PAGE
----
Original Version Published in SEPTEMBER 8TH, 2011. Some events of North Korean intrusion are deeply imprinted in people’s minds, such as the terrorist attack in A-Ung San and the KAL explosion in the 1980s, the North Korean submarine intrusion in 1996, the attempt to assassinate Jang-yup Hwang in 2010, and the recent Cheonan Warship and Yeonpyeong Island incidents. Because of their sporadic occurrences, these events are often regarded as impulsive aggressions from the North.
However, the recent Wang Jae-san spy incident overturns common perceptions and reveals how persistently North Korea has been preparing for the ‘Great Communization of South Korea’ – namely, the communization through warfare. If the Cheonan and Yeonpyeong incidents in 2010 changed our awareness of national security by reviving the idea that ‘North Korea = main enemy,’ the Wang Jae-san incident makes us realize that the three-generational powers of Kim Il-sung, Kim Jong-il, Kim Jong-un have consistently been preparing for a South Korean conquest.
Much of the South Korean population has been shocked by the Wang Jae-san incident. The spy organization has been secretly operating for at least 17 years in South Korea, pushing forth anti-state and pro-North Korean activities in the administrative, legislative, judiciary, journalistic and militaristic fields. What is more shocking is that the organization has been formed under Kim Il-sung’s command in 1993. It is likely that most of the South Korean people are now dubious and concerned about the current state of national security with regards to North Korea.
However, some are still arguing the old colorisms, that the Wang Jae-san incident is a ‘red’ conspiracy to crack down unnecessarily on national security, or an investigate designed for political purposes. More specifically, they insist that this is apparently a conspiracy by the prosecutory authorities to prevent the forming of unified opposition parties in parliament. However, the North Korean problem can no longer be limited to colored expressions – ‘red’ or ‘not red’ – because concerns about North Korea are directly to concerns about national security. Divided ideologies about progressivism and conservatism only distort matters.
North Korea has already proved their aggressiveness by physically demonstrating the threats and possibilities of warfare. We were warned that the North is able to conduct cyber warfare, through incidents such as the DDoS attack, GPS disturbance mission, and destruction of the computer network at Nonghyup Bank. They push and pull skillfully between diplomatic and destructive stances. One can sense a kind of confidence in such behaviors from the North. This is perhaps due to the countless spies and their undiscerning supporters currently operating within South Korea. It is probably most relieving to the North, that there are many who will unwittingly defend North Korean actions, based on blinding color ideologies. Therefore, judging North Korea based on ideological dichotomies is in itself an action that harms national security.
During the recent Seoul mayor by-election, the political circles were shaken by rumors of Professor Ahn Chul-soo’s run for mayoralty. This is because his exceptionally high supporting rates in the polls were predicted to greatly influence the by-election between the big parties, such as the Grand National Party and the Democratic Party. On the one hand, the ‘Ahn Chul-soo Syndrome’ showed once more Professor Ahn’s popularity with the people. On the other hand, the syndrome also showed a warning signal, of how expectations and ideals about a politically inexperienced figure could cloud people’s perspectives. Furthermore, it was disappointing to see the lack of a broad, comprehensive judgment regarding the man and his popularity – instead, politicians and the public focused mainly on Ahn’s political colors.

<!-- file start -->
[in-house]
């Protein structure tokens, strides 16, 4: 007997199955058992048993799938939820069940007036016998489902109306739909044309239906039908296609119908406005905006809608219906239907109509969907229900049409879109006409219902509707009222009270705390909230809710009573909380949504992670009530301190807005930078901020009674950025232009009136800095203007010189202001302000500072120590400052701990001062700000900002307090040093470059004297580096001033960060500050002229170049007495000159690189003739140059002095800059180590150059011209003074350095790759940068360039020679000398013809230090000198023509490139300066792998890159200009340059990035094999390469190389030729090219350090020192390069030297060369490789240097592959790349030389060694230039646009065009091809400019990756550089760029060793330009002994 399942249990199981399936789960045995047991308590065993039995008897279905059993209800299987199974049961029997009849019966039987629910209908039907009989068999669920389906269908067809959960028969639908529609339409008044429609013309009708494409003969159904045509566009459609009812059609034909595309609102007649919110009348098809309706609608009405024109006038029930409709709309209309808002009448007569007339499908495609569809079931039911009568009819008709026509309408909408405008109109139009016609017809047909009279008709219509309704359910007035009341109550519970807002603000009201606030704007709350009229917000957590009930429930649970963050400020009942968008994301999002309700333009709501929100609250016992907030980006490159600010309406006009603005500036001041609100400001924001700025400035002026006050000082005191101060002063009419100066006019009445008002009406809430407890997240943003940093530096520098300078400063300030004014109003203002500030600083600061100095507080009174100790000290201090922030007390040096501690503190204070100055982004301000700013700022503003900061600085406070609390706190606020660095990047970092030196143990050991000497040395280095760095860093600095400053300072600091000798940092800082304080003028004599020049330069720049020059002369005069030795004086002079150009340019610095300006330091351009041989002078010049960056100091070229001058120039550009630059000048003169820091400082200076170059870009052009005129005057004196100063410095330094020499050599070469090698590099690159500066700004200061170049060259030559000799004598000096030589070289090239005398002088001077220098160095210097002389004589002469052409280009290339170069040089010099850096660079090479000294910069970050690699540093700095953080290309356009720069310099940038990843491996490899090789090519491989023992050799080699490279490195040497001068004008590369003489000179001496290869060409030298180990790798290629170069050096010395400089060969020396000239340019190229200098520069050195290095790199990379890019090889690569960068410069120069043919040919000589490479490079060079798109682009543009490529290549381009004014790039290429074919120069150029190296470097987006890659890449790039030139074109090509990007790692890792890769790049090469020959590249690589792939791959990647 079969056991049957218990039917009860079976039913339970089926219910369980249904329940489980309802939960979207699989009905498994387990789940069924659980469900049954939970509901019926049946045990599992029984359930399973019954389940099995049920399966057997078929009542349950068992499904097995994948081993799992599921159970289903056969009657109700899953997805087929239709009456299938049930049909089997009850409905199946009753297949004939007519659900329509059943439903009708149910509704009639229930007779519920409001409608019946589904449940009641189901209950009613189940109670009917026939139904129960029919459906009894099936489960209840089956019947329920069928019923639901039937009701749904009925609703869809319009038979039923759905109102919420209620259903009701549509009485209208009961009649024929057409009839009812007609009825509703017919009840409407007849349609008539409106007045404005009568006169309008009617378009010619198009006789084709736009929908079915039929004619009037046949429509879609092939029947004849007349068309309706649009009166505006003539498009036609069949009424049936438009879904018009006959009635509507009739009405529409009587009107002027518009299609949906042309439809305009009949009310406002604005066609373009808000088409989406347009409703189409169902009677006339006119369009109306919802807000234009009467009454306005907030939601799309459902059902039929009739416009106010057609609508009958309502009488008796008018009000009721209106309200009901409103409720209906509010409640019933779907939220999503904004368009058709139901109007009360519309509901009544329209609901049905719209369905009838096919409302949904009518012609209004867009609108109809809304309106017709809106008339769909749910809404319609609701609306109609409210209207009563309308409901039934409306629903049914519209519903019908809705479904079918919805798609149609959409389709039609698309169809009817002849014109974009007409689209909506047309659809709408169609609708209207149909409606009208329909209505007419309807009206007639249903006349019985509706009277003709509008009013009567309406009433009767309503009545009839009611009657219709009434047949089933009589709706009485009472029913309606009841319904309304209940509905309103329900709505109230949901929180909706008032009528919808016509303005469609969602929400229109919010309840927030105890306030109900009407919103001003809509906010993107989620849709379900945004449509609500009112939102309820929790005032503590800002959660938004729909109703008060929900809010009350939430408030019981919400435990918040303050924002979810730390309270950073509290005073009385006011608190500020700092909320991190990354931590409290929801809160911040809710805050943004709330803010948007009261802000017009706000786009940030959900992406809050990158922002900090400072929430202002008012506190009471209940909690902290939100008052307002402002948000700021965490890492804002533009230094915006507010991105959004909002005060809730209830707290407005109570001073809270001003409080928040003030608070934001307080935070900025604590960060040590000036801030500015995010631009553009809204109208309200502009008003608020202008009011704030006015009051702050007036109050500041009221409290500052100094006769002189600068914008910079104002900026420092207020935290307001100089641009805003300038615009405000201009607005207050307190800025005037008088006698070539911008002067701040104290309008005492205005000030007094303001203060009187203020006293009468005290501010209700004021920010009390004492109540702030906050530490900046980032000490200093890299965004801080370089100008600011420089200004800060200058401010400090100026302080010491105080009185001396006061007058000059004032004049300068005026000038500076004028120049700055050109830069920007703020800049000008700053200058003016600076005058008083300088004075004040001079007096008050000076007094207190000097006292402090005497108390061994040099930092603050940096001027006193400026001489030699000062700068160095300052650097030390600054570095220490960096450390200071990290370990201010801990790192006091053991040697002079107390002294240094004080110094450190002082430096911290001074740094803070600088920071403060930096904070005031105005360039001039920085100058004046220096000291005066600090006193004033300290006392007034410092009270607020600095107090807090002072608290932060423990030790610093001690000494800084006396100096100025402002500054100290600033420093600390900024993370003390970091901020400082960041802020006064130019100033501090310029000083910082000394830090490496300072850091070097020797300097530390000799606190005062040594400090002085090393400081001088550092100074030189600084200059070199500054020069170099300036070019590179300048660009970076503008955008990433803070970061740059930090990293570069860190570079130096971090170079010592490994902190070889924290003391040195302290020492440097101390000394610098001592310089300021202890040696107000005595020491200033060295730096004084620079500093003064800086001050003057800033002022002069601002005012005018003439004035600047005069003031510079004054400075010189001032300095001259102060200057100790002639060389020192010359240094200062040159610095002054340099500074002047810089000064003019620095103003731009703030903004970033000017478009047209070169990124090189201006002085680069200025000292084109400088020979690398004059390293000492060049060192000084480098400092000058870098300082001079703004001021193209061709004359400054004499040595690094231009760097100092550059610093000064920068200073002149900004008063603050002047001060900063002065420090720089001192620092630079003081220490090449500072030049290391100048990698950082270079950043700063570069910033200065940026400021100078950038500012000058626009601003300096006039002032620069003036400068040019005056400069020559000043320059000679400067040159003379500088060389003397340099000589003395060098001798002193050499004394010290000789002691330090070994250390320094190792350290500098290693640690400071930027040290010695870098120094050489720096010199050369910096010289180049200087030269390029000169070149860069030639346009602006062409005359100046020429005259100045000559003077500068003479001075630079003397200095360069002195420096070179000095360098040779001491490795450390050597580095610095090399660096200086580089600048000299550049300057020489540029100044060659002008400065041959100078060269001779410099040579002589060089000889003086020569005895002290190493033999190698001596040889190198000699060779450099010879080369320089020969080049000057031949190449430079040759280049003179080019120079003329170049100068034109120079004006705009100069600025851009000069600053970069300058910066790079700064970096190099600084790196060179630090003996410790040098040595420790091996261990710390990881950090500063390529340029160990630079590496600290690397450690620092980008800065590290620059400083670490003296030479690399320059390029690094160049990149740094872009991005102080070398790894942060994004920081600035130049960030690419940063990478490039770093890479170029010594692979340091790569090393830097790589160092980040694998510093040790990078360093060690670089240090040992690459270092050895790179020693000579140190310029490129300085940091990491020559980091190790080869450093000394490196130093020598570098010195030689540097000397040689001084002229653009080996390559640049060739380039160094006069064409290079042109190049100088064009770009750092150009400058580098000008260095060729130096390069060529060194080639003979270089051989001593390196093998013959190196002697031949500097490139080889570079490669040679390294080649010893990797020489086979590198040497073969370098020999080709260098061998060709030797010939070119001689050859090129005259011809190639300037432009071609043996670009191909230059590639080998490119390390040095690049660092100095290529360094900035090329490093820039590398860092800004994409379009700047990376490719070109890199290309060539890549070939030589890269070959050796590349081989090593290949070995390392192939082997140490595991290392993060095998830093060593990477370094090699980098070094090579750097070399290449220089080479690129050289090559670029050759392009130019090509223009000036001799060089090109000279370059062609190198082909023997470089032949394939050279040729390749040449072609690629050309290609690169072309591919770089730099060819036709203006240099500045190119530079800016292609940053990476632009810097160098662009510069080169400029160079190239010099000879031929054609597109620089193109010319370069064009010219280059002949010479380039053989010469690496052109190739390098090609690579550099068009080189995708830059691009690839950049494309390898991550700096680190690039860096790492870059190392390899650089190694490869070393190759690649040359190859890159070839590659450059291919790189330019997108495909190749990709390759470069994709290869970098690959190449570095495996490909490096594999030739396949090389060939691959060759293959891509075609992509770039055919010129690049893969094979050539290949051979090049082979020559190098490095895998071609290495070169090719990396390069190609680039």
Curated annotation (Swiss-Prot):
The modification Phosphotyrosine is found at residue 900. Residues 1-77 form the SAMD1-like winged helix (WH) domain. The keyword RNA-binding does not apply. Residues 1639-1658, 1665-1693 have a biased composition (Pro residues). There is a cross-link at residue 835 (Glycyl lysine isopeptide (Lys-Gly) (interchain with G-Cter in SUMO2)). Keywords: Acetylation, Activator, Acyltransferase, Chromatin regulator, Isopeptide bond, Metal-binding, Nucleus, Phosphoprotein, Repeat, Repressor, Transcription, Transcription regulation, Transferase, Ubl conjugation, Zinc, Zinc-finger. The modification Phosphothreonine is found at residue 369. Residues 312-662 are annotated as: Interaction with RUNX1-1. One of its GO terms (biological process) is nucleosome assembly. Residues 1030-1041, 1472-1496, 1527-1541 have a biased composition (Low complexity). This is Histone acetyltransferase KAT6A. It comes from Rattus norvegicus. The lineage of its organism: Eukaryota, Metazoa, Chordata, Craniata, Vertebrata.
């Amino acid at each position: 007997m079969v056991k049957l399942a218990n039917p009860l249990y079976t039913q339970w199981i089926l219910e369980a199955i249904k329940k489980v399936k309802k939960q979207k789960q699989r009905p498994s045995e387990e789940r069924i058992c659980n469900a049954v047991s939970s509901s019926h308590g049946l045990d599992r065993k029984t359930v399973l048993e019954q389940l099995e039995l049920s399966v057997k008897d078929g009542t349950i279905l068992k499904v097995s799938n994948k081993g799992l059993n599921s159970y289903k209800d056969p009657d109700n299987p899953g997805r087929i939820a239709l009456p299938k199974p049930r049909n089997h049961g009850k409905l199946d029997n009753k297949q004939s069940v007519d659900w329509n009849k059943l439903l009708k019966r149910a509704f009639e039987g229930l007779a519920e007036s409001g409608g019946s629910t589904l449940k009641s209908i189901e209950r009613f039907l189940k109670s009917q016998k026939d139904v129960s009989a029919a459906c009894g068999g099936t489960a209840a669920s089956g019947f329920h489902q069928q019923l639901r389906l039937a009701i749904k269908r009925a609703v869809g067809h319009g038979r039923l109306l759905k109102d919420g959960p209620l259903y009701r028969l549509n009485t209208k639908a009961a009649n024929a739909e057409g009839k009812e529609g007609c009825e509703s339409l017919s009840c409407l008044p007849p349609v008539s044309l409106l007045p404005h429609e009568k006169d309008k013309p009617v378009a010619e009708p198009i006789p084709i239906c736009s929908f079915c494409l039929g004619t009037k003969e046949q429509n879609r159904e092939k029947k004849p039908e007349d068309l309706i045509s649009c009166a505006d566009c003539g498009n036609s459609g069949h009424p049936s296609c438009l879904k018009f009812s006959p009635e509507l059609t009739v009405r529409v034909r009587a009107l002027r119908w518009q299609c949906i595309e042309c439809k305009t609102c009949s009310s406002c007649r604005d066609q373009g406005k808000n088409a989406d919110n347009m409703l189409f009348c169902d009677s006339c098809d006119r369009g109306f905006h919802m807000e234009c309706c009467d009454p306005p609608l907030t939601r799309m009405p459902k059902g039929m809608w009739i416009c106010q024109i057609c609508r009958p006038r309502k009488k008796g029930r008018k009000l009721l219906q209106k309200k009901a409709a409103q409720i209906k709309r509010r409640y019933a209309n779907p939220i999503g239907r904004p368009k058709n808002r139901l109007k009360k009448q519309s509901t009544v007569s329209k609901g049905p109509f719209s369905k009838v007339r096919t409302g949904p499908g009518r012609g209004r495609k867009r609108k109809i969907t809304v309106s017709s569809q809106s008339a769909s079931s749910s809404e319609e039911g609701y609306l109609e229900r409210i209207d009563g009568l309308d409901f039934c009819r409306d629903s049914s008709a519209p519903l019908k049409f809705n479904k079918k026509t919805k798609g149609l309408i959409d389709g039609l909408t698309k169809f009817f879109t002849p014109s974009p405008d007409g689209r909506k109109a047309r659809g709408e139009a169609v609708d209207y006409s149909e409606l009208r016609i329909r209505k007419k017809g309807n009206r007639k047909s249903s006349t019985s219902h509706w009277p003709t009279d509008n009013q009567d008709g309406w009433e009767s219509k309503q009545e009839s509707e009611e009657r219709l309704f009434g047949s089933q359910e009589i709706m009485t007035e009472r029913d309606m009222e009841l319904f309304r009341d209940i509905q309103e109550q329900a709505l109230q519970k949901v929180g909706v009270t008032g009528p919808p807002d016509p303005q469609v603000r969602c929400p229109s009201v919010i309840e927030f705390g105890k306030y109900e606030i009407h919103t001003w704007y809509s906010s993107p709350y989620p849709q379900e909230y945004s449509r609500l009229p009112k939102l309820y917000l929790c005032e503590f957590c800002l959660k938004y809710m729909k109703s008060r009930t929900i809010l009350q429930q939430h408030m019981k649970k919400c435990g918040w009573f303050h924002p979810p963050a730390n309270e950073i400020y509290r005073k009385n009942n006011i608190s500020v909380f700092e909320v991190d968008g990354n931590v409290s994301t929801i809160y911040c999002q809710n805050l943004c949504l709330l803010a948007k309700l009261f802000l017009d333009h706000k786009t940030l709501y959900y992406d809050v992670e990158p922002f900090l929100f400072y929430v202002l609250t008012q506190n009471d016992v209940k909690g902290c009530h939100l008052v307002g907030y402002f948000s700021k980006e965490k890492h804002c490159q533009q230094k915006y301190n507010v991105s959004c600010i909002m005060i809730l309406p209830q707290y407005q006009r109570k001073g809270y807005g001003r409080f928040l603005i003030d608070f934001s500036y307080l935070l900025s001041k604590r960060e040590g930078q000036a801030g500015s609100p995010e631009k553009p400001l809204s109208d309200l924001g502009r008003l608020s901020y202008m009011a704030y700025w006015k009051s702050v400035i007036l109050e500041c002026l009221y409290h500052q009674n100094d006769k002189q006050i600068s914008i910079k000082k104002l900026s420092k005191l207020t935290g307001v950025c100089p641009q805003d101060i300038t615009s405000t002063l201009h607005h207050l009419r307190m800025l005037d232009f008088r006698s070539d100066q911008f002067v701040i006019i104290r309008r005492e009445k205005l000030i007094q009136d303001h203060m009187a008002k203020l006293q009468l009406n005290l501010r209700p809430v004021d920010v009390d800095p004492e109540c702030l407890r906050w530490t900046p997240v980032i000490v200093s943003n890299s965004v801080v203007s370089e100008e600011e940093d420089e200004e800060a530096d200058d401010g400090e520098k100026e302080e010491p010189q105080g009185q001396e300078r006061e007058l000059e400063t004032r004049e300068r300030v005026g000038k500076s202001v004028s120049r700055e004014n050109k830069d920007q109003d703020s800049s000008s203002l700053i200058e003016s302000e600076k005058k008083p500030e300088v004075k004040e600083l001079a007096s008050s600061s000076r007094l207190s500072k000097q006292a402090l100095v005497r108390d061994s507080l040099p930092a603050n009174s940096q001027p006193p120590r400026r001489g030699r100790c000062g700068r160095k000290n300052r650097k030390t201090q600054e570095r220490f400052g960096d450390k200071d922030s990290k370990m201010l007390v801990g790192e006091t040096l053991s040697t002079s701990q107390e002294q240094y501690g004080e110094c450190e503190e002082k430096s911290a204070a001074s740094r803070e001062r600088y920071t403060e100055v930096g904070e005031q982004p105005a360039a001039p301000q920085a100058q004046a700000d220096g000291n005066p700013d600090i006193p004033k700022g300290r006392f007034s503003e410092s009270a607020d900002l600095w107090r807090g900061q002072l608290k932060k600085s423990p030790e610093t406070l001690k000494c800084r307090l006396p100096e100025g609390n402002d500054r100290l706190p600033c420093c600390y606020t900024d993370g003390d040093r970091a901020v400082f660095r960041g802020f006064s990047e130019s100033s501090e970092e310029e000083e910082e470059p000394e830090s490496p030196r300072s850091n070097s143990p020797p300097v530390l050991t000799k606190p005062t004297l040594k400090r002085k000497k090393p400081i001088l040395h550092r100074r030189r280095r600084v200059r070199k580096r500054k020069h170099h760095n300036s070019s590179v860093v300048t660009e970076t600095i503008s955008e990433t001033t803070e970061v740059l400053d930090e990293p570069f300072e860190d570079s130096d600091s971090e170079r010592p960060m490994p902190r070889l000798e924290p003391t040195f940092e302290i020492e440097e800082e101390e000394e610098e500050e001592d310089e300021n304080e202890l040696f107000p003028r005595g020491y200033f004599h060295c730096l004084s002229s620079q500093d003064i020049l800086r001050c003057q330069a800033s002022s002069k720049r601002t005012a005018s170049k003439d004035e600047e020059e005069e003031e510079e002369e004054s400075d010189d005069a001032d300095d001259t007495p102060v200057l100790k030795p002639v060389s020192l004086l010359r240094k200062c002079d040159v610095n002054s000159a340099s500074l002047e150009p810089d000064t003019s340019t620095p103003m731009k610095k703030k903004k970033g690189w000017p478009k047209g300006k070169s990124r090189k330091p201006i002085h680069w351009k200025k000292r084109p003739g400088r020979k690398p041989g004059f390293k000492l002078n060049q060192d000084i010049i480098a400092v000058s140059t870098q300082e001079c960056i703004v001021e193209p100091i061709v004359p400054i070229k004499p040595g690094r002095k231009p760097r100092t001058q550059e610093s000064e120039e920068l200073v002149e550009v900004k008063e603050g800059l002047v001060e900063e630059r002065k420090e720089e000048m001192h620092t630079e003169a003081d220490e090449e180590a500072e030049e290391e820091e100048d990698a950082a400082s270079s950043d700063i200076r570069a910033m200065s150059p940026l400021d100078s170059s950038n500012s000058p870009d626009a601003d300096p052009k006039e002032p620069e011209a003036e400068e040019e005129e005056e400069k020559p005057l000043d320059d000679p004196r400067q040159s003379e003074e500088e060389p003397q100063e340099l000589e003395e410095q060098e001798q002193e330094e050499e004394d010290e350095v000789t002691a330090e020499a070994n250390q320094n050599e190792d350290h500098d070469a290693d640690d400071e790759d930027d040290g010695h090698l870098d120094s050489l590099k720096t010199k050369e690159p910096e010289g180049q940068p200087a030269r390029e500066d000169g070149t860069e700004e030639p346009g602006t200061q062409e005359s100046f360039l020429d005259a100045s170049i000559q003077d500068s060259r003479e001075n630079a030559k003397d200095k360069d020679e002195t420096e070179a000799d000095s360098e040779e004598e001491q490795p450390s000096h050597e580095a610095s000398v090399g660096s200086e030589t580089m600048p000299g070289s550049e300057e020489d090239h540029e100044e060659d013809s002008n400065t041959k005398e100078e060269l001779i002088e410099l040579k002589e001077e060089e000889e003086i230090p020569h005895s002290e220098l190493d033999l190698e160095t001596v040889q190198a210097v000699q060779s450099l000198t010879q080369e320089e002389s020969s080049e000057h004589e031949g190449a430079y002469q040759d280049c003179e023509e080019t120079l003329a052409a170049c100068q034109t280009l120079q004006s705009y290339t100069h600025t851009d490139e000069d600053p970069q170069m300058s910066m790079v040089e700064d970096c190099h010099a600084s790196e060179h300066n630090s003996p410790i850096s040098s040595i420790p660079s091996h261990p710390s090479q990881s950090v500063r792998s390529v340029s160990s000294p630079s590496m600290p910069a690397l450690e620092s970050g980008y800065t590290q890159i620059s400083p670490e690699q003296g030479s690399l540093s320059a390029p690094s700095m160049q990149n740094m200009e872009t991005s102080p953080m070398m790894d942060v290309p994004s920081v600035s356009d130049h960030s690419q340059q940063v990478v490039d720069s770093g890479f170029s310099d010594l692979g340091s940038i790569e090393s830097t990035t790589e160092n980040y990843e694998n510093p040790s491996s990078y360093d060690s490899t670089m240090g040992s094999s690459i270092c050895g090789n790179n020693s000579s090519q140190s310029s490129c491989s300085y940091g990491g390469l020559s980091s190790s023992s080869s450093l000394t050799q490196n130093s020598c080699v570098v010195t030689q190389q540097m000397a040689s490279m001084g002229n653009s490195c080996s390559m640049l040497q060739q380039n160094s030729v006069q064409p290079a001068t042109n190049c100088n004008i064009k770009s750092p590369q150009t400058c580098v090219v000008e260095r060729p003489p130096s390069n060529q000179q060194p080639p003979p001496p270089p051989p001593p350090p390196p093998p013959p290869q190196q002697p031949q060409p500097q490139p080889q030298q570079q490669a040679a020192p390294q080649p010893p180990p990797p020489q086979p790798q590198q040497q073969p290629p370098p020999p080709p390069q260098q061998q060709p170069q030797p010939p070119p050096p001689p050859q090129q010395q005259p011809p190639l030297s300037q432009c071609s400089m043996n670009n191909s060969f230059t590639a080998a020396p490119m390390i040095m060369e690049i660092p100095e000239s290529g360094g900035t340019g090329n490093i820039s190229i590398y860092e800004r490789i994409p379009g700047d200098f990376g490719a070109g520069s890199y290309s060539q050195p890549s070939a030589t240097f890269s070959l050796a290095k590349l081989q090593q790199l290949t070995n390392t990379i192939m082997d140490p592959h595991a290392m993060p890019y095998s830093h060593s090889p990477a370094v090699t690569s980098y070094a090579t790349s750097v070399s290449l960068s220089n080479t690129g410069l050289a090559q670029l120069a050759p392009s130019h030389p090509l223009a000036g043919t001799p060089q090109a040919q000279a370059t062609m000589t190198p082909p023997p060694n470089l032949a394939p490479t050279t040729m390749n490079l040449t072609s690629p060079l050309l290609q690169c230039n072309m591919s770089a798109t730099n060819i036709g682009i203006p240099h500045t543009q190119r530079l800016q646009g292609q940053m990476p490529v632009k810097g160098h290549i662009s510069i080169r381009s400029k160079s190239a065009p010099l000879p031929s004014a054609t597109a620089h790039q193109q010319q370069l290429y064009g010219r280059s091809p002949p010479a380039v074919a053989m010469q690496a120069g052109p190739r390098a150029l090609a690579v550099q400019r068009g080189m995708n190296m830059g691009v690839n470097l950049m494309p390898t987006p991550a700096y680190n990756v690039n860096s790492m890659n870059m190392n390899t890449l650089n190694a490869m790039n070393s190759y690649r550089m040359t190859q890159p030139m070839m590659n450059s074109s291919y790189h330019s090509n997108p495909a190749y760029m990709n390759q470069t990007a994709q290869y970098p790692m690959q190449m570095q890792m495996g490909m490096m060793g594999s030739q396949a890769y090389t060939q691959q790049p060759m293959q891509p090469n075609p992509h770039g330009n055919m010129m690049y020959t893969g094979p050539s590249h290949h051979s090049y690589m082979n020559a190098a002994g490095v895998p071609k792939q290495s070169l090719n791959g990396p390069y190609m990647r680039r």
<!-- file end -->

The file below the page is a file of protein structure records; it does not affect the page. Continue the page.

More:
Divided debates and competitions about ideological colors do not help in the formation of an objective and fair sense of judgment, particularly when choosing a political leader. This fact is especially relevant when making judgments about North Korea. We are the only divided nation in the world, with the North as the ‘main enemy.’ As mentioned before, the North’s intent to harm us has not changed; on the contrary, the North has become more skillful in fueling aggressions within our society. Therefore, the South Korean politician must first and foremost be able to properly read North Korea’s intentions. Obsessing over ideologies of ‘Pro-North Left or Conservative Right’ will prevent us from seeing North Korea’s attempts to disrupt the balance on the Korean peninsula. Furthermore, incidents like Wang Jae-san could be repeated.
As mentioned above, North Korea has been preparing for the communization of South Korea – 20 years ago, 30 years ago, and today. This mission shows a tendency to worsen with the worsening of internal conflicts in North Korea, such as the food crises, the currency reform and the three-generational successions of power. In order to properly confront the undemocratic and inhumane schemes of the North Korean government, there must be a leader with the right values concerning North Korean politics. This leader must first and foremost get rid of people’s colored lens in relation to North Korean problems.
We must move on from the anachronistic Cold War ideologies of “Left or Right, Progressive or Conservative.” A new system is needed for South Korean society – one that will truly take responsibility for the future and peace of the peninsula, by providing the right standards for judgment when choosing political leaders, determining if they can North Korean intentions and respond to uncertainties properly.
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